Introduction to Translation Theory

Key information

Start date
End date
Year of study
Year 2 or Year 3
Term 1
Module code
FHEQ Level
Department of Linguistics

Module overview

This module introduces the principle and theory of translation.

It covers the history of recent theoretical development in translation studies. It analyses the major concepts, issues and theories of translation in relation to its historical context. The course will also assist students making the connection between translation theories and practice to ensure effective use of the theories and to make an informed decision in translation activities.

Objectives and learning outcomes of the module


On successful completion of this module a student will be able to:

  • Demonstrate familiarity with  key concepts, issues and theories of translation
  • Understand relationship between theory & practice
  • Demonstrate knowledge of historical development of translation theory
  • Demonstrate knowledge of translation profession
  • Apply concepts of translation principles and methods.




Total of 10 weeks teaching with 2 hours classroom contact per week consisting of a 1 hour lecture and a 1 hour tutorial.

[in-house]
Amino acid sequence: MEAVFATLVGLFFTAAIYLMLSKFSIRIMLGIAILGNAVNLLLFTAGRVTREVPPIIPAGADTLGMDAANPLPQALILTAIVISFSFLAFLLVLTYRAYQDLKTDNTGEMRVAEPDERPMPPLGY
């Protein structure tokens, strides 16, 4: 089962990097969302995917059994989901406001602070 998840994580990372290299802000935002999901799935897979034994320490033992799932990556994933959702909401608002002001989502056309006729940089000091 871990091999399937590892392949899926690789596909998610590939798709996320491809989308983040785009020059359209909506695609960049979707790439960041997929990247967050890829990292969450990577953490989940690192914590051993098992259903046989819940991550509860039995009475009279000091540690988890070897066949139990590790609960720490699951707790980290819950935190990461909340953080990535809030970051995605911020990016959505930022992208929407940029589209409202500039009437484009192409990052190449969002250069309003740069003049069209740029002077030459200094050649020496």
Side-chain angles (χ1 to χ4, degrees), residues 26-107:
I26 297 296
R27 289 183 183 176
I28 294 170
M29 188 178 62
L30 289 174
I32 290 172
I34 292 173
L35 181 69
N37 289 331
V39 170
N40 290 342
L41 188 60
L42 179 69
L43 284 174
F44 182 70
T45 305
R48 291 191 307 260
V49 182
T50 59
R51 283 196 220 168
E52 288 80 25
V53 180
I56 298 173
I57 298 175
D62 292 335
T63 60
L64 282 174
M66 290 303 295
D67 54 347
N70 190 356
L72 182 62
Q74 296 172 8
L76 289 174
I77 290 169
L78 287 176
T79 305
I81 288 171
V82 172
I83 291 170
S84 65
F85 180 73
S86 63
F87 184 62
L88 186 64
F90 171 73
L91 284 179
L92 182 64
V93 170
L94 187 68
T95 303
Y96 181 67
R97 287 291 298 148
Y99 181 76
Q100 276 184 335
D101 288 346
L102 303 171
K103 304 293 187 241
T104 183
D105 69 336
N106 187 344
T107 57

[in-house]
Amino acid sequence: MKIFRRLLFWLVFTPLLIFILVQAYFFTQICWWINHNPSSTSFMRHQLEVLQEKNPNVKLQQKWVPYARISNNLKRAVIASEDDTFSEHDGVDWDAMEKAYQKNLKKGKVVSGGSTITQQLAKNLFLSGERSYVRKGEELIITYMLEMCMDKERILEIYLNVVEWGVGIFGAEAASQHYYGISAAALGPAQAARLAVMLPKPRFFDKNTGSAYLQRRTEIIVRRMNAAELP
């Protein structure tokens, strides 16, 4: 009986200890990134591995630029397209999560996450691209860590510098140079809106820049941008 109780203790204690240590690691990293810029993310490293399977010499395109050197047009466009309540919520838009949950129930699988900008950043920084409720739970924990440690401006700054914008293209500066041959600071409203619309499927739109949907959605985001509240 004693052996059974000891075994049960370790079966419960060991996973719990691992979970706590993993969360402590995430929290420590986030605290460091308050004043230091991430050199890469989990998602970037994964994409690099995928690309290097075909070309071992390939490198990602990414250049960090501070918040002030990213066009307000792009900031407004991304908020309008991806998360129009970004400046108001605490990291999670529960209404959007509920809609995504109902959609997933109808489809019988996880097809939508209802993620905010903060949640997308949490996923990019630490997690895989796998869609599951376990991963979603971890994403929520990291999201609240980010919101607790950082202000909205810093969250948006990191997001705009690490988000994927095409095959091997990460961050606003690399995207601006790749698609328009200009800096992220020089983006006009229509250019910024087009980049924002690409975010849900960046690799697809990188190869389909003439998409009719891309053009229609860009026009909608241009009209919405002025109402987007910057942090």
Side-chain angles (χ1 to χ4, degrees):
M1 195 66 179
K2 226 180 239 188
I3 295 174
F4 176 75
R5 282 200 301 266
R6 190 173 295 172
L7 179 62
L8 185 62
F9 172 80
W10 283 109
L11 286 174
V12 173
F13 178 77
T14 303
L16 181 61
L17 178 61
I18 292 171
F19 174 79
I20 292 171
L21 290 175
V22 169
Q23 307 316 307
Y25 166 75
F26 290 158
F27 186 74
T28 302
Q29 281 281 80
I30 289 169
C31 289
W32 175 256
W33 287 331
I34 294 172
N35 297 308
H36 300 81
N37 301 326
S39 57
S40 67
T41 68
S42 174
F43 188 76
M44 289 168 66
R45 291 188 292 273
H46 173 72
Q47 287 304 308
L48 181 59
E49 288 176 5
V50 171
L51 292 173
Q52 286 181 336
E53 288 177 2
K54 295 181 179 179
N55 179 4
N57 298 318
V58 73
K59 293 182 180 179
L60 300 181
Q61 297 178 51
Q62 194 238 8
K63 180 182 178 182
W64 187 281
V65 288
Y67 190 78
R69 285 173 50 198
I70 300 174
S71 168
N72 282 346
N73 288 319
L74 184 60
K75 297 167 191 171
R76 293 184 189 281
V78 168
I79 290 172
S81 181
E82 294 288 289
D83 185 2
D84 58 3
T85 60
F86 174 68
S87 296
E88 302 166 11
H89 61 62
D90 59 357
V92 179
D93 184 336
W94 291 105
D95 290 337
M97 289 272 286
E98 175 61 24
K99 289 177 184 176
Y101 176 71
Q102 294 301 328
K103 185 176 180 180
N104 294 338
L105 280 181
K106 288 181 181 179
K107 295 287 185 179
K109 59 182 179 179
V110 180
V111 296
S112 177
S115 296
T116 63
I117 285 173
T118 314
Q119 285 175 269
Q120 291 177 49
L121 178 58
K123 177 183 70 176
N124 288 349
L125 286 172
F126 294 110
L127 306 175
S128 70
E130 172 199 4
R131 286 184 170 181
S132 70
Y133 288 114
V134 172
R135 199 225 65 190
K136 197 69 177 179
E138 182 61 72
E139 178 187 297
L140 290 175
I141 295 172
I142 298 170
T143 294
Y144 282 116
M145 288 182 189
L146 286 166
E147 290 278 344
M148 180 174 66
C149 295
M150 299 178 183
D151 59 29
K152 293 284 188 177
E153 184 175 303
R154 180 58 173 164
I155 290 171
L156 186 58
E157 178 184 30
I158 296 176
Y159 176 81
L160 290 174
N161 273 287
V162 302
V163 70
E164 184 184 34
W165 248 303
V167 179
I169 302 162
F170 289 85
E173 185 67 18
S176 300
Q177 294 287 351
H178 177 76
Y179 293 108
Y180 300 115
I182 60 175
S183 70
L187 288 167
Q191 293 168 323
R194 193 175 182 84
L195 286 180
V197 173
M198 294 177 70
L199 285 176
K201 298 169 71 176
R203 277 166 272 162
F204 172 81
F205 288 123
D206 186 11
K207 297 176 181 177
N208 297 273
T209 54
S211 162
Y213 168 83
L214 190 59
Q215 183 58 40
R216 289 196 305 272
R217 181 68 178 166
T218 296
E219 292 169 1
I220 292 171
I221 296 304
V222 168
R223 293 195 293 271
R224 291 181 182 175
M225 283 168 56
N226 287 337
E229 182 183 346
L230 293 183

Scope and syllabus


  • Week 1 Introduction to translation theory
  • Week 2 Relationship of practice & translation theory
  • Week 3 Linguistics & Linguistic theory to translation
  • Week 4 Equivalence as a conceptual and theoretical paradigm?
  • Week 5 Equivalence as an operational concept
  • Week 6 Reading week
  • Week 7 Text typology & translation
  • Week 8 Functional theories (Skopostheorie/translatorial action/)
  • Week 9 Foreignisation & domestication as translation strategies
  • Week 10 Foreignisation & domestication as theoretical paradigm
  • Week 11 Translation Quality Assessment – ethics, theory and practice


Method of assessment


  • Question Essay (1200 words) to be submitted in term 2 (40%)
  • Essay (2000 words) to be submitted in term 3 (60%)
  • The exact assessment deadline dates are published on the relevant module Moodle/BLE page


Suggested reading

  • Baker, M. (1992) In other words – A coursebook on translation. London: Routledge.
  • Catford, I (1965) A Linguistic Theory of Translation. London: Oxford University Press
  • Munday, Jeremy (ed) (2001 and 2008) Introducing Translation Studies: Theories and Applications, London: Routledge.
  • Newmark, P. (1986). Approaches to translation. Oxford: Pergamon Press.
  • Nida, E. A. (2003). The theory and practice of translation. Brill: Brill Academic Publishers.
  • Vermeer, Hans (1996) A Skopos Theory of Translation (Some arguments for and against). Heidelberg: TEXTconTEXT.
  • Venuti, L. (2008) The Translator’s Invisibility: A History of Translation, London: Routledge

Additional Reading

  • Baker, M. (ed.) (1998) The Routledge Encyclopaedia of Translation Studies. London: Routledge.
  • Gentzler, Edwin (2001) Contemporary Translation Theories. London: Routledge.
  • Williams, Jenny & CHESTERMAN, Andrew. 2002. The Map, A Beginner' s Guide to Doing Research in Translation Studies. Manchester: St. Jerome Publishing



Dr Gloria Lee


Important notice regarding changes to programmes and modules